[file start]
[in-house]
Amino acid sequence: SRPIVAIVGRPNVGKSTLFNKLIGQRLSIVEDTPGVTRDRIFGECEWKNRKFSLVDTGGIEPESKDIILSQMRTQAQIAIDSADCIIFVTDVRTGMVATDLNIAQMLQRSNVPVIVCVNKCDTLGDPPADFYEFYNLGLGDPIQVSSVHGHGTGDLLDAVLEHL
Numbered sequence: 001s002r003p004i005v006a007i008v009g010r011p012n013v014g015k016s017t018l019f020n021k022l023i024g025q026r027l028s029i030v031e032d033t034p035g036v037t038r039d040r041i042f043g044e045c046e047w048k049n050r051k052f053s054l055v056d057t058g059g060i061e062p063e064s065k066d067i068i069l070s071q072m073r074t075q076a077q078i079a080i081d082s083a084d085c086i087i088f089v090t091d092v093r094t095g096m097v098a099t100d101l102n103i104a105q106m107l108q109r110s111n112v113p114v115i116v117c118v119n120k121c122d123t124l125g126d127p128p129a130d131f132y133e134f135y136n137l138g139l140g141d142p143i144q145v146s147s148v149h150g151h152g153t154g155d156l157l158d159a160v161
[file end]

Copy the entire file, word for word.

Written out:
[in-house]
Amino acid sequence: SRPIVAIVGRPNVGKSTLFNKLIGQRLSIVEDTPGVTRDRIFGECEWKNRKFSLVDTGGIEPESKDIILSQMRTQAQIAIDSADCIIFVTDVRTGMVATDLNIAQMLQRSNVPVIVCVNKCDTLGDPPADFYEFYNLGLGDPIQVSSVHGHGTGDLLDAVLEHL
Numbered sequence: 001s002r003p004i005v006a007i008v009g010r011p012n013v014g015k016s017t018l019f020n021k022l023i024g025q026r027l028s029i030v031e032d033t034p035g036v037t038r039d040r041i042f043g044e045c046e047w048k049n050r051k052f053s054l055v056d057t058g059g060i061e062p063e064s065k066d067i068i069l070s071q072m073r074t075q076a077q078i079a080i081d082s083a084d085c086i087i088f089v090t091d092v093r094t095g096m097v098a099t100d101l102n103i104a105q106m107l108q109r110s111n112v113p114v115i116v117c118v119n120k121c122d123t124l125g126d127p128p129a130d131f132y133e134f135y136n137l138g139l140g141d142p143i144q145v146s147s148v149h150g151h152g153t154g155d156l157l158d159a160v161